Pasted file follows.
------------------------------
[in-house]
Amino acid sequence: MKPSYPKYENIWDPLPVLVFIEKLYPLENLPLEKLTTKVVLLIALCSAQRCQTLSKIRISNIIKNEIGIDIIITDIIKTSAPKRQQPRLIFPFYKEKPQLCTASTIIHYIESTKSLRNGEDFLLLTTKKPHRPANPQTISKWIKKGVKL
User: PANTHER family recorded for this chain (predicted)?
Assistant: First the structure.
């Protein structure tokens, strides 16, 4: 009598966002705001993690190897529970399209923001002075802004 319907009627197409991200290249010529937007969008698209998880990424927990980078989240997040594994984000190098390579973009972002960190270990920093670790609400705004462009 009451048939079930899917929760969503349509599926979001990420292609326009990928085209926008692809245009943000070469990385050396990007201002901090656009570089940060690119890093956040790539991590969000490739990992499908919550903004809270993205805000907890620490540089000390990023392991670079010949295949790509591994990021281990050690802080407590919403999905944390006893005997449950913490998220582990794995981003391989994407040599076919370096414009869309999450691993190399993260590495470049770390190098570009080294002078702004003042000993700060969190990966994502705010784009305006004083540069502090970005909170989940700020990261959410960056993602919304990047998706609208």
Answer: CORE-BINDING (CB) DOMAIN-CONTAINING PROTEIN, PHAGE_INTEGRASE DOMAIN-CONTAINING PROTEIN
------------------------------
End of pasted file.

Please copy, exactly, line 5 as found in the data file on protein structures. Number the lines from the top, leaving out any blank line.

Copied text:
């Protein structure tokens, strides 16, 4: 009598966002705001993690190897529970399209923001002075802004 319907009627197409991200290249010529937007969008698209998880990424927990980078989240997040594994984000190098390579973009972002960190270990920093670790609400705004462009 009451048939079930899917929760969503349509599926979001990420292609326009990928085209926008692809245009943000070469990385050396990007201002901090656009570089940060690119890093956040790539991590969000490739990992499908919550903004809270993205805000907890620490540089000390990023392991670079010949295949790509591994990021281990050690802080407590919403999905944390006893005997449950913490998220582990794995981003391989994407040599076919370096414009869309999450691993190399993260590495470049770390190098570009080294002078702004003042000993700060969190990966994502705010784009305006004083540069502090970005909170989940700020990261959410960056993602919304990047998706609208």